Six weeks later, on November 7th, Einstein was issued another notice of non-compliance [see notice here] by the Orleans Parish School Board for enrolling 26 students outside of OneApp, the city-wide enrollment system that assigns students to New Orleans’ public schools. In fact, the notice indicates that district officials previously investigated enrollment violations at Einstein in 2016 and had told administrators that the charter network needed to implement internal systems and procedures to ensure they were in compliance with the OneApp process.
These are serious violations that undermine the systems we have established to ensure that all children – regardless of race, socio-economic background, or disability status – have fair and equal access to our public schools. Since Hurricane Katrina, all of the city’s open enrollment schools – both charter and traditional – have been required to provide free bus transportation to children in pre-K through sixth grade, no matter where they live in the city. Moreover, the Orleans Parish School Board renewed Einstein’s charter last year on the condition that school provide transportation to its students.
In 2012, district officials launched OneApp to simplify the enrollment process by allowing parents to fill out only one application in which they rank schools in order of preference. These preferences are then fed into an algorithm developed by a Nobel Prize-winning economist, which in turn, assigns students to schools. OneApp ensures that schools cannot engage in so-called “creaming” or turn away students with disabilities. All schools are required to participate in OneApp and all are prohibited from enrolling students outside of the system.
Nevertheless, Einstein’s leaders have responded to the school board’s warnings with outright defiance. As a result, the district is now seeking a court order to force Einstein to comply with the busing requirement. According to The Lens, a local non-profit news outlet, Einstein CEO Shawn Toranto responded to the OneApp non-compliance notice with a letter stating they had “simply accepted children whose parents had chosen one of its schools — a hallmark of the charter movement.” She has also taken to the pages of the New Orleans Advocate in an unconvincing attempt to deflect criticism of the school, as if the rules should not apply to them.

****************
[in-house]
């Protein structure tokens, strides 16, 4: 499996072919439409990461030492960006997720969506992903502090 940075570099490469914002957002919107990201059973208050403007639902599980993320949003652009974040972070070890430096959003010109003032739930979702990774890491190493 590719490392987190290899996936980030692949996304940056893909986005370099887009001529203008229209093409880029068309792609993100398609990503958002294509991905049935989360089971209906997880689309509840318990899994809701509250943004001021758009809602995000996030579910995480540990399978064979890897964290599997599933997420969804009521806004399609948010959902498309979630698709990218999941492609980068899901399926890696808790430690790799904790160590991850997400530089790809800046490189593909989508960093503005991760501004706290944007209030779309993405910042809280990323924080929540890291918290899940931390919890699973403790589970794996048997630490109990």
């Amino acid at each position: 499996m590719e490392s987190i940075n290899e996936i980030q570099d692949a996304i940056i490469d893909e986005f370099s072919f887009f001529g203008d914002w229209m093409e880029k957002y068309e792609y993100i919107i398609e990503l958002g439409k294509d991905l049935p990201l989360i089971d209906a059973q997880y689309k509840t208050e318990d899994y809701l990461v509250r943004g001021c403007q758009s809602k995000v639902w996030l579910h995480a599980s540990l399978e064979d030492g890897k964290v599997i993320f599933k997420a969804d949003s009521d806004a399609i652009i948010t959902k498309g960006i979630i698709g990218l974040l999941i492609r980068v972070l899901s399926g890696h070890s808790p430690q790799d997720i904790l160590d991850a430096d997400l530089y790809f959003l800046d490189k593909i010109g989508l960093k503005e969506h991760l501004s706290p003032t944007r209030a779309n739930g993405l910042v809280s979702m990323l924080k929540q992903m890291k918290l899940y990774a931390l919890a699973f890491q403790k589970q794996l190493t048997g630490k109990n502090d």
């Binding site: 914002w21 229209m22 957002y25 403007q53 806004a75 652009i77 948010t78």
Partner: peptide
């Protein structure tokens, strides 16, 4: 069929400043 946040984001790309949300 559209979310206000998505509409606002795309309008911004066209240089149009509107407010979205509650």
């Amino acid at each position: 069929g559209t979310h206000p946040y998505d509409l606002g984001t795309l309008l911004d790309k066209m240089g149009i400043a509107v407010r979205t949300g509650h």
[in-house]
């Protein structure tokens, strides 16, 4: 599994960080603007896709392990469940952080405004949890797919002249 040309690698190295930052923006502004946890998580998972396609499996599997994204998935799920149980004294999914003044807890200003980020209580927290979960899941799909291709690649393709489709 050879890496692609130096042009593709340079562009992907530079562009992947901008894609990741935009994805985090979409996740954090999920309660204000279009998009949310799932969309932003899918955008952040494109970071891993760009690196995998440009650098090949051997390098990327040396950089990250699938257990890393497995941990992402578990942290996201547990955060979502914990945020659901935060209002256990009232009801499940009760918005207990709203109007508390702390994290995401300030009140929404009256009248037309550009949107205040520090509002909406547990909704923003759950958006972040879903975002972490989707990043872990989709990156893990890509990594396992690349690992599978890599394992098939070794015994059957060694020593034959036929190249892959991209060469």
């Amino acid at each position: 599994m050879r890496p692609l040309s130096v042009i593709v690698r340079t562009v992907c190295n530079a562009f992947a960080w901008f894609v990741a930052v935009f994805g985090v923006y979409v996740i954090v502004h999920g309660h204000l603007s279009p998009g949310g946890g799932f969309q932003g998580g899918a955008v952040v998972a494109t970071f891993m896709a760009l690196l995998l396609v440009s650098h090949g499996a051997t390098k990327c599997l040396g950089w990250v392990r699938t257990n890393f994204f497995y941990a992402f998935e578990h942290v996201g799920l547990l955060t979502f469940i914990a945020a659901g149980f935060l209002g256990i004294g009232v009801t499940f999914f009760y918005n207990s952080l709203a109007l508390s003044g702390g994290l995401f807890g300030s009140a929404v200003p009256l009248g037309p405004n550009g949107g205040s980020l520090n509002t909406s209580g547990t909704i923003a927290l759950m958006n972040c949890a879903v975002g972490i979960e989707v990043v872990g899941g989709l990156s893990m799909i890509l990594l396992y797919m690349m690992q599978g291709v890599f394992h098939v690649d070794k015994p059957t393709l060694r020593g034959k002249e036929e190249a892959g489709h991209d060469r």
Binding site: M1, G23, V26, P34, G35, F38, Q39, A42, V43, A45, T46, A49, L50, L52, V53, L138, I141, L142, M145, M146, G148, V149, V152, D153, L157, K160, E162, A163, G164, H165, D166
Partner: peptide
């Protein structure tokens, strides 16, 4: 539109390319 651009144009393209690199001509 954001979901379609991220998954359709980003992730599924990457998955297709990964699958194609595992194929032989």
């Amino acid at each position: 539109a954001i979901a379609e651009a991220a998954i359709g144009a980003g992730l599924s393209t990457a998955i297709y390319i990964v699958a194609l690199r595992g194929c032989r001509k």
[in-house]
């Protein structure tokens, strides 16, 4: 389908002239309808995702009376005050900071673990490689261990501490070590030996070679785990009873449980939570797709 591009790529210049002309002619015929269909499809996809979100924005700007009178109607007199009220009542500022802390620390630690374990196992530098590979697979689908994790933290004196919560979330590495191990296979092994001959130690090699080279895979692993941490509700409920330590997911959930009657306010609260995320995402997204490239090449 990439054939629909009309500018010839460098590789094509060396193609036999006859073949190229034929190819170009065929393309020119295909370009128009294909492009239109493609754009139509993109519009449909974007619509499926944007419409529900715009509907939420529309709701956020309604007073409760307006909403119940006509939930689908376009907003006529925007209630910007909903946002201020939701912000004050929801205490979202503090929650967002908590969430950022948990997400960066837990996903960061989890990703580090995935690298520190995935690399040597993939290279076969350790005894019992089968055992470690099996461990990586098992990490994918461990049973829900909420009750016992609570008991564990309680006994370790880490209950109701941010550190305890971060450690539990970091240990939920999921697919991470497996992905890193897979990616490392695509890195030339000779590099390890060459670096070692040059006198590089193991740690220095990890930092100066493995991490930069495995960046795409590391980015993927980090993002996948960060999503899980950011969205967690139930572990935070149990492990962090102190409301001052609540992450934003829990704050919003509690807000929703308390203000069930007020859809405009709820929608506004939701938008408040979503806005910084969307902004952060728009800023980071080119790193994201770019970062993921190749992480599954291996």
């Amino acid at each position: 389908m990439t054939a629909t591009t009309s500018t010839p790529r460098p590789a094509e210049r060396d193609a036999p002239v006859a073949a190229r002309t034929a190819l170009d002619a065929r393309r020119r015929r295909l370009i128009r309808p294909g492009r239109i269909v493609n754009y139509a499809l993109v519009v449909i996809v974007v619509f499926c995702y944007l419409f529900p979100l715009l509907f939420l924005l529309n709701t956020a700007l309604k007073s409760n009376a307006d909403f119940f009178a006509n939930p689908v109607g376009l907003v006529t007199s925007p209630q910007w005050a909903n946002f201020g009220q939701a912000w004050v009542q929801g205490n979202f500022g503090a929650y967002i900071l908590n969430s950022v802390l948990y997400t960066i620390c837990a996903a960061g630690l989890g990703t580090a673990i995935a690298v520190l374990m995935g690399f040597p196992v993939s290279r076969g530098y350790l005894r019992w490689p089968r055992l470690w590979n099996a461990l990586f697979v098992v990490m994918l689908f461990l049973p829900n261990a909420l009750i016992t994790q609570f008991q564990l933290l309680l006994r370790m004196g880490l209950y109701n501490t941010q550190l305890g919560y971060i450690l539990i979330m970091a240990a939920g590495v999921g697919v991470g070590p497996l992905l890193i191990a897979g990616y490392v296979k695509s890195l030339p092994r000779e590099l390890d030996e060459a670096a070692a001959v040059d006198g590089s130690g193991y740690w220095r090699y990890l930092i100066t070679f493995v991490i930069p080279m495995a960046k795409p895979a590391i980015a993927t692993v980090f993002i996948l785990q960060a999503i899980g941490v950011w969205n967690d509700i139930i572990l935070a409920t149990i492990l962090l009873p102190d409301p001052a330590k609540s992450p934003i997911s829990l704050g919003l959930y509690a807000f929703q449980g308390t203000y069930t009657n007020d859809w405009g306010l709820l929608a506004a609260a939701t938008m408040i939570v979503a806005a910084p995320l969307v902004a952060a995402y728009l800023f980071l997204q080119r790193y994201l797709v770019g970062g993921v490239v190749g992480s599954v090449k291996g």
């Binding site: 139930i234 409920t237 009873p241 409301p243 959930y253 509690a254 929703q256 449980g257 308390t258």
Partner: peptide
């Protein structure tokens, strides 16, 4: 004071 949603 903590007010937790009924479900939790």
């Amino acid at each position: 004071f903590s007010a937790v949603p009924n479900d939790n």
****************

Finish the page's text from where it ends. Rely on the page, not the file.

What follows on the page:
Finally, I want to make something very clear: I am outspoken supporter of charter schools. As a former charter school board member and teacher, I have seen the impact that high-quality charters can have on the lives of children. At the same time, I also firmly believe that charter schools are only successful when they adhere to clear operational and academic standards. Given their blatant disregard for the terms of their charter contracts in New Orleans (and the possibility that they could lose their charter if they continue to defy the district), I would once again urge you to reconsider Einstein’s expansion to Little Rock.
If you would like to read more about Einstein’s charter violations:
- Einstein Charter Schools Deemed Noncompliant For Providing Inadequate Transportation (9/21/17)
- Einstein board prepares to fight Orleans school district over its failure to bus students (9/25/17)
- Einstein Charter Schools Push Back Against Transportation Policy (10/25/17)
- Busing dispute at Einstein schools is headed to court (11/30/17)
- School district reprimands Einstein Charter Schools for enrolling students outside OneApp (1/3/18)
- Parents, protesters picket Einstein Charter Schools over lack of busing (1/9/18)
Otherwise, thank you for your time and please feel free to reach out to me with any questions you may have.
Peter C. Cook
New Orleans, LA
All About The Kids? Calcasieu Teacher Plays Politics At The Expense Of Students, Taxpayers
For more than a year, Calcasieu Parish special education teacher Ganey Arsement has been on a self-appointed crusade against education reform in Louisiana. He has blasted charters, standardized testing, Common Core, teacher evaluation, and yours truly on his blog, as well as on social media. He has worked to coordinate his attacks with the state’s teachers unions, particularly the Louisiana Association of Educators, and has sought to ingratiate himself with anti-reform politicians like Gov. John Bel Edwards and former State Rep. Brett Geymann.